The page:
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Monument to peace stands in ruined battlefield

By David Fox

Click to enlarge photo

BASRA (Reuters) - In the midst of a war-ruined landscape on the western outskirts of Basra, a lonely monument to peace still stands.

A small mosque and mausoleum escaped undamaged from a massive air bombardment by U.S. and British forces on the outskirts of Basra where a company of dozens of Iraqi armoured vehicles had dug themselves in to defend the city.

Twisted, burned-out hulks are all that remain of the Iraqi defences. The landscape resembles that of the moon -- a vast, crater-pitted surface stretching as far as the eye can see.

Sandbagged bunkers have been blown back into the desert from where they were dug. Unused bombs and ammunition from Iraqi stores and caches are littered everywhere.

There is scarcely a building that hasn't been destroyed, scarcely a plant that hasn't been blown out of the ground. Even the birds seem to have vanished.

But the mosque, with lapis inlays proclaiming the names of the prophet surrounding a central dome, is in pristine condition.

"Iraqi soldiers came and hid in here and stole the fittings," said wizened caretaker Abdul Salam as he showed a Reuters team around the premises.

"The light fittings, they took. The door knobs, they took. Everything that they could remove, they took," he said.

The mosque doubles as a mausoleum to a Muslim holy man, Ansa bin Malik, described in a modest plaque as a servant of the Prophet Mohammed.

A green shroud covers his tomb, where a vase of dried flowers gathers dust.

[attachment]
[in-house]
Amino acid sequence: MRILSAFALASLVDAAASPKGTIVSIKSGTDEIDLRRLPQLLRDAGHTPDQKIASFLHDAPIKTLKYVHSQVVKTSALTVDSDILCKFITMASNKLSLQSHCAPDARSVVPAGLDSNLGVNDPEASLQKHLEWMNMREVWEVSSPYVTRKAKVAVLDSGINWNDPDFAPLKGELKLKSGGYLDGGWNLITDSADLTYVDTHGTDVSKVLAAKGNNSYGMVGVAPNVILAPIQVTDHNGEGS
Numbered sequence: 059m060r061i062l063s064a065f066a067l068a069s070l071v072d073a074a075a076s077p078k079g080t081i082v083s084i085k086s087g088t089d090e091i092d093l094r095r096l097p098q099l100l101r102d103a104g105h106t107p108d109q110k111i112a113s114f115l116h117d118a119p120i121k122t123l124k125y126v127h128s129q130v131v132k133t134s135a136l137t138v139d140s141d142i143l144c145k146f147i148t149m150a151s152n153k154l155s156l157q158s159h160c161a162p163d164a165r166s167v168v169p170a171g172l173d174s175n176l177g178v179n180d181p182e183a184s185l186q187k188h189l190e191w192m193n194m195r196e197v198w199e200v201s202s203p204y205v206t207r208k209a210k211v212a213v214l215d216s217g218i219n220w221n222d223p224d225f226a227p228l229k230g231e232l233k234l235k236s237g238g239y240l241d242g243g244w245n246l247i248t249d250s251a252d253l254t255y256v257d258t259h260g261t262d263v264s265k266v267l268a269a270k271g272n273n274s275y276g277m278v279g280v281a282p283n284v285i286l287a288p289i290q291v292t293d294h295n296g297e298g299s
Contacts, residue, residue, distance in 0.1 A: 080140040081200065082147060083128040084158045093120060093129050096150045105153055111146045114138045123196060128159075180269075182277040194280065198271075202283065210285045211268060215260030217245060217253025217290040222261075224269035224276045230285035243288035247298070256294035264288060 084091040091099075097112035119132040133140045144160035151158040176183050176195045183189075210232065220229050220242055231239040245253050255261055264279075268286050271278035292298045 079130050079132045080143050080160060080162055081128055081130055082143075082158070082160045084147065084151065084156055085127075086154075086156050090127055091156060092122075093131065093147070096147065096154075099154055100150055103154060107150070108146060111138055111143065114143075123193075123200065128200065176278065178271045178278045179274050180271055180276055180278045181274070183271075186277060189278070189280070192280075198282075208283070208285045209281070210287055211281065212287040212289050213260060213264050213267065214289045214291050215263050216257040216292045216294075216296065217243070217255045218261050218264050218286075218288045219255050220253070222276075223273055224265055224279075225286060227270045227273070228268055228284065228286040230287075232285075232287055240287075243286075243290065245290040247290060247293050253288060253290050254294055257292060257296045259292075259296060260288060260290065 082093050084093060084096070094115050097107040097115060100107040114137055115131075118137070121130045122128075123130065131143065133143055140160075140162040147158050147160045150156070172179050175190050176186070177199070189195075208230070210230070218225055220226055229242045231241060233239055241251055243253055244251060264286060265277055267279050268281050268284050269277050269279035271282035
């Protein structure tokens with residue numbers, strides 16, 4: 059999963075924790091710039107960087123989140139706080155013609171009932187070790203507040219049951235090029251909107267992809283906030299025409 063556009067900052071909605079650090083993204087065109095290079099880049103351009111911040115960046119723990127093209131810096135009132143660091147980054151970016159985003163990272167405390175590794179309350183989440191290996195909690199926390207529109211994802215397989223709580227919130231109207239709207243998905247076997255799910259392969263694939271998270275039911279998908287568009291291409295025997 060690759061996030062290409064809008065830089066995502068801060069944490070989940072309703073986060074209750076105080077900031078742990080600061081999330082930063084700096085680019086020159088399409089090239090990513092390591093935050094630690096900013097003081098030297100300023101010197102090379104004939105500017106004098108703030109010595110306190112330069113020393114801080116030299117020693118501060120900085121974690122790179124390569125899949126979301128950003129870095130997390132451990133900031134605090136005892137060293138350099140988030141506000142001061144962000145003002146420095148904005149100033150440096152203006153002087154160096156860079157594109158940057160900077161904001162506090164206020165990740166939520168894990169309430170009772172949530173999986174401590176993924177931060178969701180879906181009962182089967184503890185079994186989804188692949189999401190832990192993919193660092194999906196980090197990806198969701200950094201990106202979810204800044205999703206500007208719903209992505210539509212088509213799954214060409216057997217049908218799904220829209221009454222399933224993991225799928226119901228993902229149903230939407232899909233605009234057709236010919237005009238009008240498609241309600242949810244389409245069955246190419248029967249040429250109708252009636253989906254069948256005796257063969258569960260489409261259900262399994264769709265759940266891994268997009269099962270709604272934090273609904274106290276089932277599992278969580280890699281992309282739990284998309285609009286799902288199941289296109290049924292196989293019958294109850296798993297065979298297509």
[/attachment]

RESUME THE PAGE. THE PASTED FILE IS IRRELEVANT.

"They took all my clothes," said Salam's wife, Nejwa. "Some of the soldiers dressed as women and ran away."

The fate of the soldiers is unclear. But either they were caught unawares by the attack, or they fled in a hurry.

In a nearby hut, Iraqi helmets hang from hooks hammered into a wooden beam. Discarded uniforms lie abandoned in the surrounding bunkers.

A discarded plate and cup -- with the remains of food attracting swarms of buzzing flies -- were left behind during the hasty evacuation.

The battleground lies between Basra's airport and the city itself, a strategic area but one that offers little scope for defence from the air -- from where Iraqi forces have proved most vulnerable.

Tanks and artillery pieces were dug into positions, but they have been blown up -- many by apparent direct hits. A row of Chinese-made missile launchers now appear like skeletons, stripped by a scorching inferno of everything but steel.

Dozens of trucks used to carry troops and ammunition dot the landscape, their tyres melted to a blackened blob.

It was unclear whether the mosque survived the bombardment because U.S. and British forces deliberately avoided hitting it so as not to offend Muslim sensitivities, or if it somehow miraculously escaped the onslaught.

"American soldiers did not come here," said Salam. But an empty British ration pack blown by the wind against the fence was evidence troops had passed by.

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